There were times when I thought Elias would never leave the hospital. The longer he stayed in there, the more insurmountable the idea of leaving became. For me, the outside world was a place full of sinister possibilities, sinister intent. For him, it was a place where time drudged forward, relentlessly, where life carried on. The limbo of the ward was numbing and safe. Lifted outside of the world, it allowed us to hold life in abeyance. Time, like a river, flowed quietly past us, never bearing us with it.
I couldn’t trust why Elias wanted to go. I knew the hospital was threatening his sense of self, his independence, but it was also secure. Selfishly, I wanted the reassurance that he was safe. I was scared of having the whole responsibility of his life placed into my keeping. As much as I wanted to believe him, to meet his need to be trusted, I worried that he was planning something, another escape, and this time, I thought, this time I might not be there to stop him. I could feel myself being overbearing, controlling, but I couldn’t dislodge the thought that it was all a collusion, a trick, that I was falling for it all over again. Once the doctors were gone, and the nurses, and the other patients, there would just be me and Elias.
In the ward everything had been taken care of. Independence was traded in for safety. Whereas the hospital was regimented, contained, life outside was unpredictable. I didn’t know if I would be able to leave the apartment without Elias. I didn’t know if I could sleep, not knowing if he was sleeping, too, or if he had snuck out again. I couldn’t protect both of us at the same time. Besides, I didn’t really know what protection looked like, or what healing looked like, or how it was done. There were no scans, no X-rays, no medicine that would fix things completely.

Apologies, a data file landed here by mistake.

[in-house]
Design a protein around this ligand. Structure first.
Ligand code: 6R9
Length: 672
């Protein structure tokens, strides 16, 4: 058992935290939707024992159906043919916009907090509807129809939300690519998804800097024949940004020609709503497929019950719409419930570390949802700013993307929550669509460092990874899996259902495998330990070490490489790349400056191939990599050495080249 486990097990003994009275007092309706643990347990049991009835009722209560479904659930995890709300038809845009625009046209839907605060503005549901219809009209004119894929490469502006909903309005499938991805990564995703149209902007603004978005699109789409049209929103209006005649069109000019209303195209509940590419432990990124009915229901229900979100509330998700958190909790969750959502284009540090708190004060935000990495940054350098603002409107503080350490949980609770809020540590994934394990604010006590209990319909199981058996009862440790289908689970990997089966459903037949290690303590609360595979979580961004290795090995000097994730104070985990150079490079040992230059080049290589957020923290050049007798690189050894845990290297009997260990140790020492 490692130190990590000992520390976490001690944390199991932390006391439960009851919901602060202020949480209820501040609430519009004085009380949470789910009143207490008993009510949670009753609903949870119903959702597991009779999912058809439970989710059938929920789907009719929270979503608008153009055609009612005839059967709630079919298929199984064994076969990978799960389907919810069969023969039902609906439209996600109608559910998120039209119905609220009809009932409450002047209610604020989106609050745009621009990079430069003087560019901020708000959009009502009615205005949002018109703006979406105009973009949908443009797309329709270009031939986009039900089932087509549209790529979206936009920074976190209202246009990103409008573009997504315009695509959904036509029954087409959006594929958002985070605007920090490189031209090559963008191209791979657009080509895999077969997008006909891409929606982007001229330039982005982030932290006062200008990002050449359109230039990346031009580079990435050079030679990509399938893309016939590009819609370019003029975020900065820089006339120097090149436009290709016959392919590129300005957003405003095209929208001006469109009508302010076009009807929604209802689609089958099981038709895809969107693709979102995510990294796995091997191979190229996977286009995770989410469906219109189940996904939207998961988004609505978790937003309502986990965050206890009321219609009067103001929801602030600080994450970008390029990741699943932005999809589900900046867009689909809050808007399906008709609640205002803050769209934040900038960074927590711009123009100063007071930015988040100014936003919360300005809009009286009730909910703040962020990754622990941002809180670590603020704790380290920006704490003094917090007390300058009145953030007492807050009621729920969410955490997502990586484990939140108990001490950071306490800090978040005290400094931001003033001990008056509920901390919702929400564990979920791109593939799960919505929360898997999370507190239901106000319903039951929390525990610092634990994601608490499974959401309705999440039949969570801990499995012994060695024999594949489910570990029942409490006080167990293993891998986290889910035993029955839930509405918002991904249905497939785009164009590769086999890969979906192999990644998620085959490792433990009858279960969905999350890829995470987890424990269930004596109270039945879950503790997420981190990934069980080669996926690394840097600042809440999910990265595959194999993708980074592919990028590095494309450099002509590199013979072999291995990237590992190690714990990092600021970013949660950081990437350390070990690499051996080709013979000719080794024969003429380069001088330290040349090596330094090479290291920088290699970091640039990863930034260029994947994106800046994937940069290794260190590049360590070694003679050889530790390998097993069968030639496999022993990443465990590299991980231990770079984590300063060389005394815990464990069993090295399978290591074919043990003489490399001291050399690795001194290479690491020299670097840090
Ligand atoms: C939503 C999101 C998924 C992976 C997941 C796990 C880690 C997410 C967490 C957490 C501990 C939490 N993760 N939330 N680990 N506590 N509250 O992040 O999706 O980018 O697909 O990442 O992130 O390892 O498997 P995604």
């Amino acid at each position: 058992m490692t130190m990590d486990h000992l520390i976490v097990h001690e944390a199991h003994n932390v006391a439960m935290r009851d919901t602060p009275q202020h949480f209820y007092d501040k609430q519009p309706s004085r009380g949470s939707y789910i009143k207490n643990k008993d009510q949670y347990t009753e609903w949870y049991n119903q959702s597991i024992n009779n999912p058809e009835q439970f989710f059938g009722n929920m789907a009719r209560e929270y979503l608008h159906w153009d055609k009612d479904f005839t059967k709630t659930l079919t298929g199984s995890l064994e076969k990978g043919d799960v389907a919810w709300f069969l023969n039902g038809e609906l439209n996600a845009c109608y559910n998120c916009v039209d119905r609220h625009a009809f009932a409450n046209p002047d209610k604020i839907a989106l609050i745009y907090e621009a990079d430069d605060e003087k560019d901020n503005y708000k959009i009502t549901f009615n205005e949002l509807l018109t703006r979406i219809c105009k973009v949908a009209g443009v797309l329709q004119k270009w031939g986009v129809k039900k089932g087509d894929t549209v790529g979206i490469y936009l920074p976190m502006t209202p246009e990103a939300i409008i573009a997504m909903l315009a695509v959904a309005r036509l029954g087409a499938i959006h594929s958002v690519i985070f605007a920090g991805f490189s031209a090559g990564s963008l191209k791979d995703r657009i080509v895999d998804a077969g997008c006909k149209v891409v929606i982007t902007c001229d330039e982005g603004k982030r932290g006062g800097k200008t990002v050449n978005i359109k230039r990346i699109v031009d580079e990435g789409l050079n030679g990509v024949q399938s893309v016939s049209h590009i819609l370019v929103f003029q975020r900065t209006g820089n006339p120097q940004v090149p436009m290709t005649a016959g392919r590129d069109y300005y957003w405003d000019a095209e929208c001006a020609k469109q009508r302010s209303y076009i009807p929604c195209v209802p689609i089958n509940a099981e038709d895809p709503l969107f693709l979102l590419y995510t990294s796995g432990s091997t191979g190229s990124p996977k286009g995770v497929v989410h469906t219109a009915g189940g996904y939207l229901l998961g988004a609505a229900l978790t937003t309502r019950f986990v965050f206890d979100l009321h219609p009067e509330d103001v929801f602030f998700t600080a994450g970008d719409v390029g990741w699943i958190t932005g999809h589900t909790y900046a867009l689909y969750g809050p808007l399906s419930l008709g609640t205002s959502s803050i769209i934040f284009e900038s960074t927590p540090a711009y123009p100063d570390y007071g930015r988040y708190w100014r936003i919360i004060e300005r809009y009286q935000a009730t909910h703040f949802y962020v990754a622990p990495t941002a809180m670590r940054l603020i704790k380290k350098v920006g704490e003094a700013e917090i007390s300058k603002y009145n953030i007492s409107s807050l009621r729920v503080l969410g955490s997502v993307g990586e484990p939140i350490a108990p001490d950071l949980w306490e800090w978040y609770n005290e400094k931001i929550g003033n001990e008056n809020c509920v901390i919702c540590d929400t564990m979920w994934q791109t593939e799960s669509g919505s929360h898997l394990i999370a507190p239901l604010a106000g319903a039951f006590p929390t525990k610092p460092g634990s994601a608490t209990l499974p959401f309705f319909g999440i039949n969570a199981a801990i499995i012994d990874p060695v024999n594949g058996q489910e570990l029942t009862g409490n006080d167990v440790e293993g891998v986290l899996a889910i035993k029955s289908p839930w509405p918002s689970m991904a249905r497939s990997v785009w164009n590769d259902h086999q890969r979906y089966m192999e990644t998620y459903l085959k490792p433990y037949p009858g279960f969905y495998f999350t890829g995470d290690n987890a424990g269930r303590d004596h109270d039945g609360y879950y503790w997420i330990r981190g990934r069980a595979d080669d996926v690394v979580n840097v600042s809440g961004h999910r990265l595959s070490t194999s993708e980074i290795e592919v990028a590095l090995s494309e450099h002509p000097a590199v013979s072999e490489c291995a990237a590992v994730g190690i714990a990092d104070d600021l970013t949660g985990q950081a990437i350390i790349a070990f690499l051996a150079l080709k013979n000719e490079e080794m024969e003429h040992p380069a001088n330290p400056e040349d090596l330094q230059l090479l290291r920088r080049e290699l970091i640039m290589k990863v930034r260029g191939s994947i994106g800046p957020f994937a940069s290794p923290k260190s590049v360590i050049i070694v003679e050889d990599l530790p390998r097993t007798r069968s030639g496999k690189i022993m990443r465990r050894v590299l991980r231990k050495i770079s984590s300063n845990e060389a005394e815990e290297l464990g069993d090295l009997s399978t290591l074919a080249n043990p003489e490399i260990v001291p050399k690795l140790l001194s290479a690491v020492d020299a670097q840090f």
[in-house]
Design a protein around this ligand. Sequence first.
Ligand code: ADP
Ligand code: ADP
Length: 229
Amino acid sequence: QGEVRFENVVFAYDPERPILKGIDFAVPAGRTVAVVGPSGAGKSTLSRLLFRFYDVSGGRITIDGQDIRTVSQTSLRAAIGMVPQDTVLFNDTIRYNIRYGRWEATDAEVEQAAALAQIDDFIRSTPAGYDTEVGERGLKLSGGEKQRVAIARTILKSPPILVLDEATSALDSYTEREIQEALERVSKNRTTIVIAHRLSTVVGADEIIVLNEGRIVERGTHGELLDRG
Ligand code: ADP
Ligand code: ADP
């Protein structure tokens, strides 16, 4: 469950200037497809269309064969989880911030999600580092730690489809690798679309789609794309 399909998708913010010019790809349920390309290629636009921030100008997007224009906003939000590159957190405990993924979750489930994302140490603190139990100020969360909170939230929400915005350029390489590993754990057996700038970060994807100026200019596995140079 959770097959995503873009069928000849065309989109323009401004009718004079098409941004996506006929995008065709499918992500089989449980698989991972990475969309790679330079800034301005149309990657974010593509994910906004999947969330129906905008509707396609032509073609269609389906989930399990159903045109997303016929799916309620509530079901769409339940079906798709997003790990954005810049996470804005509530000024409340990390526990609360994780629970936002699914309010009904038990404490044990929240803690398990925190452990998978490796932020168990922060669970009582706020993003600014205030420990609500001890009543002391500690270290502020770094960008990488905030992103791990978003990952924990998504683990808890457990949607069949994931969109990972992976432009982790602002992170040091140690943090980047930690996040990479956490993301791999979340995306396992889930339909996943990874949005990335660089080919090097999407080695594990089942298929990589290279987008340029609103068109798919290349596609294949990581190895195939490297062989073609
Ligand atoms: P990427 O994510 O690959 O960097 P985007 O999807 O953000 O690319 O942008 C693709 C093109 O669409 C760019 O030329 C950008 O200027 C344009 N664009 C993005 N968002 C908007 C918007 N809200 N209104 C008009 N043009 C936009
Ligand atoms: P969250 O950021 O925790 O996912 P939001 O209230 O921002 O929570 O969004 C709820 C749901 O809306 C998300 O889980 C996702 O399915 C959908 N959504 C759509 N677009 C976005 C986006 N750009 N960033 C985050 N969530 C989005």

When I finished, he didn’t move. He was just staring, not quite out of the window, but at it, as though everything beyond it – the bare silver birches, the scrubbed grass, the pathway to the road – were unreal, a daydream he wasn’t a part of.
‘Should we get some food?’
He jerked his head, surprised by my voice, and then looked around, as though he wasn’t sure he knew what it meant to want anything at all.
I didn’t know what was good for him, but neither, I thought, did he. I was lost, grasping on to anything I thought might haul us out. Every day I had pushed, changing tack, coming at things from a different angle, and still nothing had seemed to work, at least not permanently. I thought that I could read him – I thought I could tell when his mind was moving into its darker spaces, but I had been wrong before, and couldn’t trust that I wouldn’t be wrong again. Some hours, I felt him – the old Elias – with me, but always we arrived back to this same point: him on the bed, staring into empty space, at something only he could see.